In response, Clinton told the student that there will be "plenty of time” to draw contrasts in the future. She told the reporter that no, she’s not worried. And she told both of them that she’d like, instead, to focus on the Republicans.
She did all of this, by the way, without ever mentioning her democratic challenger's name -- not even once.
Sanders, who is admired for being a political outsider, likewise refuses to attack Clinton on the campaign trail, and does not speak negatively about her on the email issue. However, when asked, he is very quick to outline differences between the two of them on policy issues.
Clinton’s campaign declined to respond to this remark from Sanders, and did not offer any further comment regarding their strategy for dealing with him.
For now, they say, the message within the campaign remains the same: Continue with the plan as planned — and don’t engage.
Sanders, on the other hand, has seen a massive surge. He’s generating huge crowds and filling up stadiums as he campaigns across the country. And although he’s still trailing Clinton in national polls, he is steadily closing in on her. A recent NBC News/Marist poll showed him with a 9-point lead over Clinton in New Hampshire.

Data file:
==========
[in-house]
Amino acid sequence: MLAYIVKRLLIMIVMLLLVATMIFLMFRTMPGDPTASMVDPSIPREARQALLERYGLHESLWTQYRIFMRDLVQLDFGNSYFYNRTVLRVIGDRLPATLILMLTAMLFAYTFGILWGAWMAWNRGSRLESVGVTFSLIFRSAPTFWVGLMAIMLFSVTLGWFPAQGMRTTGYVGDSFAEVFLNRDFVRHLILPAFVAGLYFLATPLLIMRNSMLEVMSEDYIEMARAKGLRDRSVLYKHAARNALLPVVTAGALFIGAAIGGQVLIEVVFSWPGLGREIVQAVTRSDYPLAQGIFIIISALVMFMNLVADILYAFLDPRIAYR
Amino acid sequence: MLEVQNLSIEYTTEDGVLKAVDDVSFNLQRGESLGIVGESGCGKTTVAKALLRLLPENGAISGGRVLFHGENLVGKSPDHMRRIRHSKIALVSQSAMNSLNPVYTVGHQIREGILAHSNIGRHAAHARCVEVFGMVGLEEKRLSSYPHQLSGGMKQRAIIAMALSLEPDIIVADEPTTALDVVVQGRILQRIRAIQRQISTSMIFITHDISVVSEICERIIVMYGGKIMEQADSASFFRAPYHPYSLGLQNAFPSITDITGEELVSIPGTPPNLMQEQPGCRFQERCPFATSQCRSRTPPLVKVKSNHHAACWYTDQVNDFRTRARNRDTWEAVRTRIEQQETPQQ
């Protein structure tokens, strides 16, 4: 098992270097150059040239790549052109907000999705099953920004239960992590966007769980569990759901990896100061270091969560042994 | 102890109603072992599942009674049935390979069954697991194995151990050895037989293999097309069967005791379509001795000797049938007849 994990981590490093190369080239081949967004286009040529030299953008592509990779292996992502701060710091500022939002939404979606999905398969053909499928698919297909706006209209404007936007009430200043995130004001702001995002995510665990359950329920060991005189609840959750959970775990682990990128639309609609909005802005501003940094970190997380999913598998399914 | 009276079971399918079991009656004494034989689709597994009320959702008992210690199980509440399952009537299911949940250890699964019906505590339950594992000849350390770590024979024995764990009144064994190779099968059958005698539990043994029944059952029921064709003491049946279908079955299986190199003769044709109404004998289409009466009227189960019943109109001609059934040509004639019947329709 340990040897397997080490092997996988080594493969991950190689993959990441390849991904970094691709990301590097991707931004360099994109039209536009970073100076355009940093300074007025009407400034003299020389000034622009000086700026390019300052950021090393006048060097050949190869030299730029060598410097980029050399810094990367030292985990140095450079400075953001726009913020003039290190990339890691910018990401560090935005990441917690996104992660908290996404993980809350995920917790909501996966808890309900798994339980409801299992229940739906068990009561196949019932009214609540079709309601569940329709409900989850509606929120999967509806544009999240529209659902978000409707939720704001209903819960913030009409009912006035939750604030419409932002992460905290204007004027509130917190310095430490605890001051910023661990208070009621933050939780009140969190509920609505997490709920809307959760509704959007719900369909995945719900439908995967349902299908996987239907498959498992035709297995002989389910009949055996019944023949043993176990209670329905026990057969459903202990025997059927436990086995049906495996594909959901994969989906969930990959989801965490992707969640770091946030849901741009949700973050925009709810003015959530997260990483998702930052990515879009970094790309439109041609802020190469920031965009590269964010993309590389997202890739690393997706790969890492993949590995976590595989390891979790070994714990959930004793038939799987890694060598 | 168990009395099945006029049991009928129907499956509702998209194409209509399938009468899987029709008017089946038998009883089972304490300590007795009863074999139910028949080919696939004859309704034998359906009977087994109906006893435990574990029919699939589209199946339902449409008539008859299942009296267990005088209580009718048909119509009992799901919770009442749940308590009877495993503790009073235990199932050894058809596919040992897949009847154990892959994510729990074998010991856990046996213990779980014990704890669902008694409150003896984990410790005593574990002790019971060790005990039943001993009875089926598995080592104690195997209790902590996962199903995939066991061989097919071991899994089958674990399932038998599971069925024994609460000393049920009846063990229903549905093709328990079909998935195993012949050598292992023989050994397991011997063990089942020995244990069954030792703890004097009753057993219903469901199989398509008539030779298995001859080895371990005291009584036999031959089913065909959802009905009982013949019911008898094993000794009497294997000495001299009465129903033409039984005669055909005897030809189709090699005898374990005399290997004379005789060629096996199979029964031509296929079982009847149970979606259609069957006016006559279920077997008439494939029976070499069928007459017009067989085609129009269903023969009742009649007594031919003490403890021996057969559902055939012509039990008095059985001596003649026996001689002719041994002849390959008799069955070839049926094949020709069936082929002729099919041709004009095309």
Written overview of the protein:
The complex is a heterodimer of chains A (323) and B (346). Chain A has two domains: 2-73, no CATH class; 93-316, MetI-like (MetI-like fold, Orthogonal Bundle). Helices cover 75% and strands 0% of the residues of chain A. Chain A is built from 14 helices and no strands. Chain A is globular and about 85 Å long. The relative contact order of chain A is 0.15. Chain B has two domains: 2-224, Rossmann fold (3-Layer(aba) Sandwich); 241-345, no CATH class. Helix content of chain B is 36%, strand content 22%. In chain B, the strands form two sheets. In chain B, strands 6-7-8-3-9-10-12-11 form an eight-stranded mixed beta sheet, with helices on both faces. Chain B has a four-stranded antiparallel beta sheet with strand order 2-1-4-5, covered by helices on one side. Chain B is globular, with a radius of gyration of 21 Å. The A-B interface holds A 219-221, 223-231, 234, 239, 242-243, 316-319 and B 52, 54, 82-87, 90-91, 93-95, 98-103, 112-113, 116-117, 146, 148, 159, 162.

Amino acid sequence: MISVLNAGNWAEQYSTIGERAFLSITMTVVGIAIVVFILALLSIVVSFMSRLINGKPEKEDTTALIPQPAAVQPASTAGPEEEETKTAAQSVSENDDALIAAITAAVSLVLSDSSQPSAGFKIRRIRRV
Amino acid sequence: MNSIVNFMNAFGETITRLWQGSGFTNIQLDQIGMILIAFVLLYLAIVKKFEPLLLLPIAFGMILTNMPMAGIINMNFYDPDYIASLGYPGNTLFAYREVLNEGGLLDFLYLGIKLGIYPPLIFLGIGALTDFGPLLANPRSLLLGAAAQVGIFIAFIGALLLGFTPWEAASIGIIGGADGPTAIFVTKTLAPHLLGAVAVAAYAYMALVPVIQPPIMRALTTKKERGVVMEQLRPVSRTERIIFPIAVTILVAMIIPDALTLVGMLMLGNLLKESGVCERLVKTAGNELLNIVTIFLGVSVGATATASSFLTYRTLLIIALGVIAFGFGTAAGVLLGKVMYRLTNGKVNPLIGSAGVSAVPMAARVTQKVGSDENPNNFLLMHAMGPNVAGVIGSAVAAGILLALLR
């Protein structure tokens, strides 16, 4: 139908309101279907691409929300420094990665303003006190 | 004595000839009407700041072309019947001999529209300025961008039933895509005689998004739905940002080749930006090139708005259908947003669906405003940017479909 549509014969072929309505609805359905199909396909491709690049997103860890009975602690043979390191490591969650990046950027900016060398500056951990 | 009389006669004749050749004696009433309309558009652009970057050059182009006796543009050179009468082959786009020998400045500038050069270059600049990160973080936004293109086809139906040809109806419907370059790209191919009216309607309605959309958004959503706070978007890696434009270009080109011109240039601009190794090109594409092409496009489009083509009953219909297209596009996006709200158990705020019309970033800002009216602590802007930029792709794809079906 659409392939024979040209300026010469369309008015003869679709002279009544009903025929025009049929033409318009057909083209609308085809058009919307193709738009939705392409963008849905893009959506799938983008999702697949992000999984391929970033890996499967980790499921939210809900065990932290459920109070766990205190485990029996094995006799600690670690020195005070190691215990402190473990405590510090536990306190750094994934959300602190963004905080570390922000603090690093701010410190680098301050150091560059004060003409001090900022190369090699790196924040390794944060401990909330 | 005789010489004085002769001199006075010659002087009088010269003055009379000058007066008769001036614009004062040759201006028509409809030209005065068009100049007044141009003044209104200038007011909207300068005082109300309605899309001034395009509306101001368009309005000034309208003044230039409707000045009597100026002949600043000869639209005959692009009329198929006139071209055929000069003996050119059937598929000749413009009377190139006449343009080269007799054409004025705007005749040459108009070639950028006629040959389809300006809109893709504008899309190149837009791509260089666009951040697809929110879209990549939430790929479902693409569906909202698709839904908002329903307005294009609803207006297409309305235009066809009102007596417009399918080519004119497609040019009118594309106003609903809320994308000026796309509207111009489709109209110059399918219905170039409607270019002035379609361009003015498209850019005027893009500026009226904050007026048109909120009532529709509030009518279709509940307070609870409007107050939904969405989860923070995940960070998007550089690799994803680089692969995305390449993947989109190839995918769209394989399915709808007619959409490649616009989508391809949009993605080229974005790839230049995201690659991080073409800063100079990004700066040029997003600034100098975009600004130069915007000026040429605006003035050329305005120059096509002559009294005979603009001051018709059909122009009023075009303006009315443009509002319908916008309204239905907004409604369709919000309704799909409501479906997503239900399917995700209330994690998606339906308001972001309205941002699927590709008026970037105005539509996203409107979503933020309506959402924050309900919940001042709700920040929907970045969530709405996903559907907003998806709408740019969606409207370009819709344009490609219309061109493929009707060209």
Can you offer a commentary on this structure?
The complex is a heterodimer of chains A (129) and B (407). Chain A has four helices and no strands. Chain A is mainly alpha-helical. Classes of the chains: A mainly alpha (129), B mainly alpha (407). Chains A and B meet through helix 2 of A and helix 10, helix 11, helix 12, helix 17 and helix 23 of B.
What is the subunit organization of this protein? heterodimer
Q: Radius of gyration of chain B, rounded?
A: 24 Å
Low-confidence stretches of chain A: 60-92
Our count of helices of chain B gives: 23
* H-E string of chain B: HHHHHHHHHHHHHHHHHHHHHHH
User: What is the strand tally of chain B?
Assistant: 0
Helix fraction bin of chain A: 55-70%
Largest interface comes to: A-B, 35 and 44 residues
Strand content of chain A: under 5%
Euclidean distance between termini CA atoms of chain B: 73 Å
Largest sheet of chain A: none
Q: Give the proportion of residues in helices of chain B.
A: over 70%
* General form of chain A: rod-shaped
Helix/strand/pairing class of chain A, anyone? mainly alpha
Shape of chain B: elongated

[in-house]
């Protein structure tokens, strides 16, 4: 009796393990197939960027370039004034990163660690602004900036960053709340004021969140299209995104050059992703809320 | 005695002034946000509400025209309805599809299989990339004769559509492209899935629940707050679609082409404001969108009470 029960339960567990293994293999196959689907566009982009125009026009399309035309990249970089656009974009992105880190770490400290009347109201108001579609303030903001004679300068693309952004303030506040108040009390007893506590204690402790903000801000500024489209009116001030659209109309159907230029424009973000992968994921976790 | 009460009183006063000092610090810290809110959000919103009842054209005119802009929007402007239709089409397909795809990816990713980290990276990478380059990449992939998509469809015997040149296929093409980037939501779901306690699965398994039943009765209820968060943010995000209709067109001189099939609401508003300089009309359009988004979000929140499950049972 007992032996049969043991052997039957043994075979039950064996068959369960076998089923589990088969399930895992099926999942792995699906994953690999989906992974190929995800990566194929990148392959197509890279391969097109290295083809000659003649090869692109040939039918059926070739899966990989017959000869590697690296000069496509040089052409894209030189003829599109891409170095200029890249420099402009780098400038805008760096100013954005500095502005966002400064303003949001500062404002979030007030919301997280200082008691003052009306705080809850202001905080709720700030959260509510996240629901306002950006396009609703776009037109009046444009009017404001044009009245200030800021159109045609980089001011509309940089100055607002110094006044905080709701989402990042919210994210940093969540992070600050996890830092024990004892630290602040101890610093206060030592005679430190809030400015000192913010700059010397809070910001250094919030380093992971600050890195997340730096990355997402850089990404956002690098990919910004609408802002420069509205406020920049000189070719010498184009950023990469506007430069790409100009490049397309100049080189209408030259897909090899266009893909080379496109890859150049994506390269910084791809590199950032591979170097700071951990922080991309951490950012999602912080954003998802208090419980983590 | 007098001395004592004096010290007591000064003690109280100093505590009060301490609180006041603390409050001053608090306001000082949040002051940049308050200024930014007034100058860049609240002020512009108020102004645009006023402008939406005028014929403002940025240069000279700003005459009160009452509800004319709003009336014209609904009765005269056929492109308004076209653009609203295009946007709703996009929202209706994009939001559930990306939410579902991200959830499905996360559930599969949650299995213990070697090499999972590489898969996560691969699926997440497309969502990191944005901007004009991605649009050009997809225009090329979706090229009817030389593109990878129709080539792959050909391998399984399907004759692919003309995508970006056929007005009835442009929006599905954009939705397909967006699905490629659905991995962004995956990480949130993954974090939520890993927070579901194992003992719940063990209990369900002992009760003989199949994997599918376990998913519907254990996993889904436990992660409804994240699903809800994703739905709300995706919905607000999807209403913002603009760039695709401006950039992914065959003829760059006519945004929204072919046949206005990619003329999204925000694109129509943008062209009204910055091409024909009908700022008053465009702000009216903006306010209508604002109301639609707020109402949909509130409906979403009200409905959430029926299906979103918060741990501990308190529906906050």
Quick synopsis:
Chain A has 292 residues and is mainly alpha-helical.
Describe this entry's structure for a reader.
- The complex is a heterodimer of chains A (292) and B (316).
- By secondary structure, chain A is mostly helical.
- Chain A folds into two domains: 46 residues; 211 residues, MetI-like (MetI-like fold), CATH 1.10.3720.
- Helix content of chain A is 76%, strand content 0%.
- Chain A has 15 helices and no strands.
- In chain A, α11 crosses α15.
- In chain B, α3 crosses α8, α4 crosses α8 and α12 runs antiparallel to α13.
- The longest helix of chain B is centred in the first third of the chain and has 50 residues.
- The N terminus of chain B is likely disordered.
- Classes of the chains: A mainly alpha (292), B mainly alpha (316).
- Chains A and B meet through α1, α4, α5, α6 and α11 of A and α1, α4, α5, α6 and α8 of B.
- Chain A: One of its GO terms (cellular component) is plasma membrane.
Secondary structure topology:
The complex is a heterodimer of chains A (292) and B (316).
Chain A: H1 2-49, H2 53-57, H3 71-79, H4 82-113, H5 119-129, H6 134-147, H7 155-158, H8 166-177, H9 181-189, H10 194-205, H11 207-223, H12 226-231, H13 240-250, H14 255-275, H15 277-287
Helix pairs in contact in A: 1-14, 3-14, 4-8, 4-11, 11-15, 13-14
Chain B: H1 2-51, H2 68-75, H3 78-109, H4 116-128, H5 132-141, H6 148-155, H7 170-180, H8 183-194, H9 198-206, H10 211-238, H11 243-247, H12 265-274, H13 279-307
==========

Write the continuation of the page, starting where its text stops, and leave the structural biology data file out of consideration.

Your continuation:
Clinton, whose campaign has always tried to tamper any notions of “inevitability” that have often surrounded her, says she’s not surprised by Sanders’ surge — that she always expected a competitive primary. Even so, Clinton continues to ignore the Vermont senator, something that is becoming glaringly obvious as he develops into more of a threat.
Clinton’s rhetoric in public also does not seem to match the conversations happening behind the scenes.
In addition, Clinton’s super-PAC, Correct the Record, has started to circulate negative attacks on Sanders, according to an email sent to the Huffington Post — a sign there is growing concern in Clinton-world.
Meanwhile, Clinton is increasing her media appearances and trying to find new ways to highlight her personality out on the trail.
While Clinton’s decision to ignore Sanders is on one hand a strategy to keep her appearing as the frontrunner. It is, as Clinton would argue, also a testament to a point the democratic candidate repeats often on the campaign trail: That first and foremost, she wants to see a Democrat in the White House come 2017.
Alexander Fox, the 20-year-old college student who asked Clinton about her views on Sanders when she visited his university on Monday in Iowa, seemed to understand and accept this point, despite wishing she had drawn some contrasts.
“I feel like I didn’t get an answer on specifics, but then again I’ll probably have my answer within the month when the debate rolls around,” Fox, who said he is still undecided between Clinton and Sanders, told ABC News. “I feel like she’s also not trying to be slanderous towards him in any way.”
ABC News’ Mary Alice Parks contributed to this report.